ROME — Praying that Catholics would understand and act on “the inseparable bond” between love of God and love of neighbor, Pope Francis again appealed for a solution to the crisis in Venezuela.
“We pray that the Lord will inspire and enlighten the parties in conflict so that as soon as possible they arrive at an agreement that puts an end to the suffering of the people for the good of the country and the entire region,” the pope said July 14 after reciting the Angelus prayer.
In early June, the U.N. Refugee Agency reported that the number of Venezuelans who had fled the violence, extreme poverty and lack of medicines in their country had reached 4 million since 2015.
In his main Angelus talk, commenting on the Sunday Gospel reading of the story of the good Samaritan, Francis said it teaches that “compassion is the benchmark” of Christianity.
Jesus’ story about the Samaritan stopping to help a man who had been robbed and beaten after a priest and Levite just walked by, “makes us understand that we, without our criteria, are not the ones who decide who is our neighbor and who isn’t,” the pope said.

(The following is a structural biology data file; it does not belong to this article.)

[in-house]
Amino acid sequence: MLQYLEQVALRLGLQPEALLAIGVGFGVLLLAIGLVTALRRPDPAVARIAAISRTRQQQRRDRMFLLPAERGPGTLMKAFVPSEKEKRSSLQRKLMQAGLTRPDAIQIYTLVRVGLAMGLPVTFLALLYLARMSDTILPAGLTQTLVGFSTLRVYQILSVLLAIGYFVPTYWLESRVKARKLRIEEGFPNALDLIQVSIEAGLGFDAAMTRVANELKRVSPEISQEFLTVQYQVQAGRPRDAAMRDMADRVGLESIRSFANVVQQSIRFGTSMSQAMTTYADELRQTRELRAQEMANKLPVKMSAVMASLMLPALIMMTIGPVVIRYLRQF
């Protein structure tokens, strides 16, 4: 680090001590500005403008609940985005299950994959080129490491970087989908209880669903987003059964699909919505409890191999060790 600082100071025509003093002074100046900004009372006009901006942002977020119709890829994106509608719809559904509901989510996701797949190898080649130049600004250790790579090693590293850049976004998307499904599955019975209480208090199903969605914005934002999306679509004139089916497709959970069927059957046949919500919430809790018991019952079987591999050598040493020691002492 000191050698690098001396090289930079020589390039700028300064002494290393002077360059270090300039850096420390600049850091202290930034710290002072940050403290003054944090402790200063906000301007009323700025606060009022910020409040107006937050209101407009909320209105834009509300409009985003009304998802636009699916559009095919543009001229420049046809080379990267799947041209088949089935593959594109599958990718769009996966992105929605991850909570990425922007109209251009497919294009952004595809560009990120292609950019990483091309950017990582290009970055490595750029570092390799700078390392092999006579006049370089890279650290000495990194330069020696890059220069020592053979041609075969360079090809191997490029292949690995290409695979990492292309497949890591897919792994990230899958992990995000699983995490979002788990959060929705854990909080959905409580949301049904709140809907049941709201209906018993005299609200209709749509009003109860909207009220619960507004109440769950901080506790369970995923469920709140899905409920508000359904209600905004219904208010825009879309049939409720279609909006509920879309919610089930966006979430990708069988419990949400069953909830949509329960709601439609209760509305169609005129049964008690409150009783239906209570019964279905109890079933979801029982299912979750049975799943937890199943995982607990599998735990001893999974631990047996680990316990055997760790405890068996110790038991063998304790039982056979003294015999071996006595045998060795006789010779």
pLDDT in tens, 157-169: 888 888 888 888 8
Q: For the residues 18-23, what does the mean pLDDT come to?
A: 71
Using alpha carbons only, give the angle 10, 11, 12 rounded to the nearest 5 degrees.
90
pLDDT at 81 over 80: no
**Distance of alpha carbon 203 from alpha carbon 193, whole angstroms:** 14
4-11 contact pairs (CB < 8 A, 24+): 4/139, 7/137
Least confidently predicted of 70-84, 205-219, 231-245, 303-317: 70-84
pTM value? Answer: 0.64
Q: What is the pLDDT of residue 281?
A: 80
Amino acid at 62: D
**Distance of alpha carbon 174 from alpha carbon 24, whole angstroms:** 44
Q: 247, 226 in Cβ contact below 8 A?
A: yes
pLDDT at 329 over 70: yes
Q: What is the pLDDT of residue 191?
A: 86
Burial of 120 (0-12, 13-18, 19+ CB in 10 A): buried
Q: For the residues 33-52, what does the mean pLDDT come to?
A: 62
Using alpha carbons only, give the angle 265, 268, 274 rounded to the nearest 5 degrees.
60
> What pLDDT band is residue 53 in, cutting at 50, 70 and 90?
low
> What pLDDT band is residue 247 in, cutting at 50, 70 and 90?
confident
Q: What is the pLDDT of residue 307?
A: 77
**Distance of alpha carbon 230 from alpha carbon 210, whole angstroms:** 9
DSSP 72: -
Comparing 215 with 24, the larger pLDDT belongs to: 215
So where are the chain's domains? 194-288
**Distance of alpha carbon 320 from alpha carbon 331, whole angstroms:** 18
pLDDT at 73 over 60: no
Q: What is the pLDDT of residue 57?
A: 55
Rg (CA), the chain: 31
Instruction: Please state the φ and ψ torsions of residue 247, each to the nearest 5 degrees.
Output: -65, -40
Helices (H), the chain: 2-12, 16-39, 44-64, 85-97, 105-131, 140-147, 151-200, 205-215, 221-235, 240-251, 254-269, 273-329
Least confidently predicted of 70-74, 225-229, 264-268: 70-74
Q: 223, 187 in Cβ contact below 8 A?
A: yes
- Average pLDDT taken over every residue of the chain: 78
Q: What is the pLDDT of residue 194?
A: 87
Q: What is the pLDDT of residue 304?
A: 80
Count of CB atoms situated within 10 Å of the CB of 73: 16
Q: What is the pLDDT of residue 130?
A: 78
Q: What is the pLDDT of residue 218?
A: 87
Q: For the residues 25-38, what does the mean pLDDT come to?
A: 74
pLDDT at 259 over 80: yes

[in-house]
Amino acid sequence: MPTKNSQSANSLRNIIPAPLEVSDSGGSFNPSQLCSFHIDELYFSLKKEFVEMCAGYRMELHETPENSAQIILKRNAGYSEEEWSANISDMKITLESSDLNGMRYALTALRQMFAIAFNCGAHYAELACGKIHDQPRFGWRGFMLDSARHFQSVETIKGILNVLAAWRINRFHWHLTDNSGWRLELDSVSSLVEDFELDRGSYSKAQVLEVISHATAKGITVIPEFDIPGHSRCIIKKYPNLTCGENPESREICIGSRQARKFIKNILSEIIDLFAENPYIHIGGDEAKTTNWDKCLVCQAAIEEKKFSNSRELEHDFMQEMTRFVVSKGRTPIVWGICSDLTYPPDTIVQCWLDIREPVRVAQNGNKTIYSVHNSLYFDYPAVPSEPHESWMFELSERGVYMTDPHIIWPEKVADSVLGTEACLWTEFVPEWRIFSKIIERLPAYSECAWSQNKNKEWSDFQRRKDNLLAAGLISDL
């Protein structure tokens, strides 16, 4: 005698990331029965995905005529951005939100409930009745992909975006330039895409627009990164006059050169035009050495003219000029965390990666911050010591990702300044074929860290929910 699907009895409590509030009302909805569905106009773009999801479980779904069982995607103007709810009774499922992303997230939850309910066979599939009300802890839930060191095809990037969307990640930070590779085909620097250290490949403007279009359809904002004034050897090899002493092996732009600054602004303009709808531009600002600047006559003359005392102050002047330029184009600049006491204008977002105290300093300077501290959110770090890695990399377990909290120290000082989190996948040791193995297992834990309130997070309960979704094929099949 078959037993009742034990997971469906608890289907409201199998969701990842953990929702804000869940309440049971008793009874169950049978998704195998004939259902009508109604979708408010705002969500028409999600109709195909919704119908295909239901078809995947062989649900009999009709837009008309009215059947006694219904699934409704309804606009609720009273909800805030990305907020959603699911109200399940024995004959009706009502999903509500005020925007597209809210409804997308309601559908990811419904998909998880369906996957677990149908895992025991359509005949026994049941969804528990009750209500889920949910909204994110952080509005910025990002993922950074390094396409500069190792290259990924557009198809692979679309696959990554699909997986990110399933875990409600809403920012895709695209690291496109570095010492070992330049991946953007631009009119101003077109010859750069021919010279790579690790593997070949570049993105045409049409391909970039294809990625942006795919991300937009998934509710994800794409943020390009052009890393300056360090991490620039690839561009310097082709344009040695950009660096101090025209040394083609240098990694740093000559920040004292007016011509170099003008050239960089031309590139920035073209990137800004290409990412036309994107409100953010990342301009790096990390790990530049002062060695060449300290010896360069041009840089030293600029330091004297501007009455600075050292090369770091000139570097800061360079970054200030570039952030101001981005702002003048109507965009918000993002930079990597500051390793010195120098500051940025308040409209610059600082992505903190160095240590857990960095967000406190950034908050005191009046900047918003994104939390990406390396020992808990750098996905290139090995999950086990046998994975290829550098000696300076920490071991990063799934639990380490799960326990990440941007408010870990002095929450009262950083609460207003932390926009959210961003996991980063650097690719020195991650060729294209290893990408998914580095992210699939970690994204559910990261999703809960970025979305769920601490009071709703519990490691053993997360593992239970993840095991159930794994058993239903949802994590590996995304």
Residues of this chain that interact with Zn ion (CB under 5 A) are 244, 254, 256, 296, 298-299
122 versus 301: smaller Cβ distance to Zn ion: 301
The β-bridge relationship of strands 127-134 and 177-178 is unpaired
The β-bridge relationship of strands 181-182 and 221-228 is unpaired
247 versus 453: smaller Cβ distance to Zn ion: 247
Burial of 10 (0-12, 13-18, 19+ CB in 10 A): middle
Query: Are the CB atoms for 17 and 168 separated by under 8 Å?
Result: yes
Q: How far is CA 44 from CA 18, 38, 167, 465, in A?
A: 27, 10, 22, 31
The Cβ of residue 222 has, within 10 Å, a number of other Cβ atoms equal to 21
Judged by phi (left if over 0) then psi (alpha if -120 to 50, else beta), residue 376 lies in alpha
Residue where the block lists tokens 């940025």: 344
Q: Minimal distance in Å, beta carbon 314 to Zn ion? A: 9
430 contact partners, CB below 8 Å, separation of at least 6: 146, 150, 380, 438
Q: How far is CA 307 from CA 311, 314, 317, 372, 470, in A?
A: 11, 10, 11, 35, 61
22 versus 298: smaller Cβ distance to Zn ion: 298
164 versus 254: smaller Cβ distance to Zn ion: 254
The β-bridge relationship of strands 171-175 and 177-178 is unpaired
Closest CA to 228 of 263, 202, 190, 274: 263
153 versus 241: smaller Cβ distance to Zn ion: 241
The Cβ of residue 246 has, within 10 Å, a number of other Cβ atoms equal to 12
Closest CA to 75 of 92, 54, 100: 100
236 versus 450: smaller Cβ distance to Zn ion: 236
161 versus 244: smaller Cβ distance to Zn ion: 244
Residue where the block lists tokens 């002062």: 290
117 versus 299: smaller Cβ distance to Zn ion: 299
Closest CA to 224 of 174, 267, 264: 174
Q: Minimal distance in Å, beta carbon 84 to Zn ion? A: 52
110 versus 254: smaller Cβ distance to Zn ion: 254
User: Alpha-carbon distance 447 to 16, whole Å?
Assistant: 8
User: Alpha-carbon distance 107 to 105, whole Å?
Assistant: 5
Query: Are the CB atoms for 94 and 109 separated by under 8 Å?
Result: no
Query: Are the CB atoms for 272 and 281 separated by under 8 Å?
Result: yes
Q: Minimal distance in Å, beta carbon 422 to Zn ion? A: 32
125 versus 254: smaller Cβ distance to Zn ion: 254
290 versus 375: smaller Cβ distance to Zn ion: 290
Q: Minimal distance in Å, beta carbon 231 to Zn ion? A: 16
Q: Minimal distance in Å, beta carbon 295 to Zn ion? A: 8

Rather, he said, it is the person in need who identifies the neighbor, finding it in the person who has compassion and stops to help.
“Being able to have compassion; this is the key,” the pope said. “If you stand before a person in need and don’t feel compassion, if your heart is not moved, that means something is wrong. Be attentive.”
“If you are walking down the street and see a homeless person lying there and you pass without looking at him or you think, ‘That’s the wine. He’s a drunk,’ ask yourself if your heart has not become rigid, if your heart has not become ice,” the pope said.
Jesus’ command to be like the good Samaritan, he said, “indicates that mercy toward a human being in need is the true face of love. And that is how you become true disciples of Jesus and show others the Father’s face.”
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